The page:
N Korea marks first anniversary of late ruler's death






SEOUL: North Korean leader Kim Jong-Un led thousands of officials on Sunday in a memorial ceremony for his late father and ex-ruler Kim Jong-Il, days after a successful long-range rocket launch.

The ceremony followed a mass rally two days earlier hailing the launch of the three-stage rocket, a move which was condemned by the UN Security Council and seen by many countries as a disguised ballistic missile test.

Kim Jong-Il, who ruled the communist state for 17 years, died of a heart attack on December 17 last year.

His youngest son Jong-Un immediately took over, the second dynastic succession by the Kim dynasty which has ruled the isolated country for more than six decades with an iron fist and a pervasive personality cult.

Officials in black suits and uniformed military leaders convened in a cavernous stadium in the capital Pyongyang Sunday morning for the hour-long memorial event, which was televised live on state TV.

Jong-Un, stone-faced and clad in a black suit, sat on stage with dozens of other top officials against the backdrop of a giant red flag featuring a large portrait of a smiling Kim Jong-Il.

"The heart of the great leader stopped beating but Comrade Kim Jong-Il lives with us forever... to give blessings for the bright future of our people," the ceremonial head of state Kim Yong-Nam said in a speech.

"The successful launch of our Kwangmyongsong-2 satellite is also another victory achieved by our military and people, by faithfully following the teachings of the great leader (Kim Jong-Il)," he said.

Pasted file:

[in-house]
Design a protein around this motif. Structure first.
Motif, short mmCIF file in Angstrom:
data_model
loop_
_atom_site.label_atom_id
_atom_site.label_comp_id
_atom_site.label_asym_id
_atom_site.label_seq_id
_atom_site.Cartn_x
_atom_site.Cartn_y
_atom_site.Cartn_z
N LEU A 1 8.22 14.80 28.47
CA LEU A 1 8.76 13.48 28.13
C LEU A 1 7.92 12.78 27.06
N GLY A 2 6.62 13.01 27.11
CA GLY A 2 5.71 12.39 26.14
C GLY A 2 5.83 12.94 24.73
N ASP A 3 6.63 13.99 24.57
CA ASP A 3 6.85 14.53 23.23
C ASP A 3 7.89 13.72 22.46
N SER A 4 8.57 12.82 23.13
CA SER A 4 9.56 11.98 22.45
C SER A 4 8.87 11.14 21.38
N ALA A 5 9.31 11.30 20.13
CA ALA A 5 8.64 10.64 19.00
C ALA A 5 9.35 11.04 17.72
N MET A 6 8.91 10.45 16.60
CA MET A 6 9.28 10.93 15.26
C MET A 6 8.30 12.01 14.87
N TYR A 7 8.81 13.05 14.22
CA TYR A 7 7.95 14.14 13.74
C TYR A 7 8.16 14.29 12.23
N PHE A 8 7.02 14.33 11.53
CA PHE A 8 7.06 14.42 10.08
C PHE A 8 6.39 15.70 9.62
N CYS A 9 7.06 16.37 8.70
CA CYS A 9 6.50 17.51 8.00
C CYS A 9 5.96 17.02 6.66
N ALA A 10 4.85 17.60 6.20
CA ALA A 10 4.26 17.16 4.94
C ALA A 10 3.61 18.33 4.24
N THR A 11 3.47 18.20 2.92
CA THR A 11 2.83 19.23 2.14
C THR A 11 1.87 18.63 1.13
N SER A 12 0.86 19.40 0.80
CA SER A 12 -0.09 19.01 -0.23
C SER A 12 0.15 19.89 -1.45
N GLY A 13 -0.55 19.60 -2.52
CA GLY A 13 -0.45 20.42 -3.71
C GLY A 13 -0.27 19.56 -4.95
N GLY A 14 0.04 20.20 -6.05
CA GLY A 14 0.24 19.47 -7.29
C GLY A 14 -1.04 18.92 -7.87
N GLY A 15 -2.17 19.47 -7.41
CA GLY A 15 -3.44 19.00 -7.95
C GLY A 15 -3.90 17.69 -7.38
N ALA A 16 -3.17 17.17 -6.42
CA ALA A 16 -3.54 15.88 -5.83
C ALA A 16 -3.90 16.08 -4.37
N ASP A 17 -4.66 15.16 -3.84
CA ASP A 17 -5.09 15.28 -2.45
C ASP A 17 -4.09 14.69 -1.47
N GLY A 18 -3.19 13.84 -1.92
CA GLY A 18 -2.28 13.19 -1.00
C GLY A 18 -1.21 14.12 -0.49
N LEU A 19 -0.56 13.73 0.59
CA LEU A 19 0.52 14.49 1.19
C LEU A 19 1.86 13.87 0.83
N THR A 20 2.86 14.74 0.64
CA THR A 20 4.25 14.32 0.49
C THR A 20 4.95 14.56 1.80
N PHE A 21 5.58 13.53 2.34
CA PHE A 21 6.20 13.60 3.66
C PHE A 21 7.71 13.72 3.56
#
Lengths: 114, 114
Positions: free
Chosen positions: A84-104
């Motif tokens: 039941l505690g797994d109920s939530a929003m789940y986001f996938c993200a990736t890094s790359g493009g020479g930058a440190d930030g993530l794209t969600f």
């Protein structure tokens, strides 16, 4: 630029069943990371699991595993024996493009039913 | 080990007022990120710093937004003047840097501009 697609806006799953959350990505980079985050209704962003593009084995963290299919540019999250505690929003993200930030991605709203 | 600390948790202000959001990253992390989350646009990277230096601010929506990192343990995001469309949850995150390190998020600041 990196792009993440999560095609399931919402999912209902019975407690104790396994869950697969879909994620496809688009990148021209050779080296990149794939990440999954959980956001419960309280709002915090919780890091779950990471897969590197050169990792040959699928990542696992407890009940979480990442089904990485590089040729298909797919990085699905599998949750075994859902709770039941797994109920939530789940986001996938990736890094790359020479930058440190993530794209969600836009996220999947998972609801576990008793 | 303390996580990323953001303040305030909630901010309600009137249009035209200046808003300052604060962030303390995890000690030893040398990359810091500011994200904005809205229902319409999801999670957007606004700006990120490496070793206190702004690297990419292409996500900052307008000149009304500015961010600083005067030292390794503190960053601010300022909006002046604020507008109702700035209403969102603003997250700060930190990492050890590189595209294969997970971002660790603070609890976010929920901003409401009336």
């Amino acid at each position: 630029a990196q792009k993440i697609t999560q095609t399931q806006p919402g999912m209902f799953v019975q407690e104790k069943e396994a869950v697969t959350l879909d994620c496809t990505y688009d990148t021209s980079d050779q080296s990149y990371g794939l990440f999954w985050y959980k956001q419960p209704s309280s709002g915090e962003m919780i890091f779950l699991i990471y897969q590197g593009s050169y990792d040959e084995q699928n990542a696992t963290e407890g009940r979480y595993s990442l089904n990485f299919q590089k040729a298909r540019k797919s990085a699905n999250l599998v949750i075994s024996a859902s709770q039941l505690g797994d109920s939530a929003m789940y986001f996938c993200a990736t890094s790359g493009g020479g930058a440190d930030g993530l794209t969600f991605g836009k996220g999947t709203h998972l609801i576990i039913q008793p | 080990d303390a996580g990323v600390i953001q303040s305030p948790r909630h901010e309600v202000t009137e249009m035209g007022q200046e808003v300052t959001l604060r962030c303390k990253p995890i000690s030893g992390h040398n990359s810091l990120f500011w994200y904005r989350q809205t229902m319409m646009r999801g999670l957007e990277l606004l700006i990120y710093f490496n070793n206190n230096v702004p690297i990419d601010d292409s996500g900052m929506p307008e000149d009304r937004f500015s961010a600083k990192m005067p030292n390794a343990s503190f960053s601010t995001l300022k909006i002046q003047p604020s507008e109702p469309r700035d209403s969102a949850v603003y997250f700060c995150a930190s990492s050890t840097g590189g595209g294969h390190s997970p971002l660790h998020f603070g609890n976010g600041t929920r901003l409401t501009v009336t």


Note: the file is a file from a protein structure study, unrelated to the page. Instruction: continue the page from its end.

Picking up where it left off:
It was unclear what memorial events were scheduled on Monday, the anniversary day.

The North said the apparently successful launch -- its second after a much-heralded but botched mission in April -- was a scientific project to put a weather satellite into orbit.

But the United States and other nations viewed it as a disguised ballistic missile test banned under UN resolutions triggered by its past nuclear tests in 2006 and 2009.

The Security Council Wednesday condemned the launch and said members "will continue consultations on an appropriate response".

The impoverished but nuclear-armed nation apparently timed the launch to mark the death anniversary and to drum up more support for the young and inexperienced Jong-Un.

Choe Ryong-Hae, the head of the political bureau at the North's military, vowed to "hit back immediately" if rival South Korea or the United States provokes the nation, and reaffirmed loyalty to the young leader.

"Our whole army stands ready for battle under the teachings of Kim Jong-Un while the US and South's enemy forces are going amok to destroy our system," he said in a speech.

"It is our firm determination to hit back immediately at provocations...and we solemnly pledge again to faithfully serve our dear supreme commander (Jong-Un)," Choe said to big applause from the crowd.

Mass rallies are being staged nationwide to celebrate the rocket launch, the ruling party newspaper Rodong Sinmun said on Sunday.

Officials, students, workers and soldiers in three northern provinces rallied Saturday to give speeches and sing songs in memory of the late ruler and to praise his son for leading the successful launch, it said.

- AFP/xq



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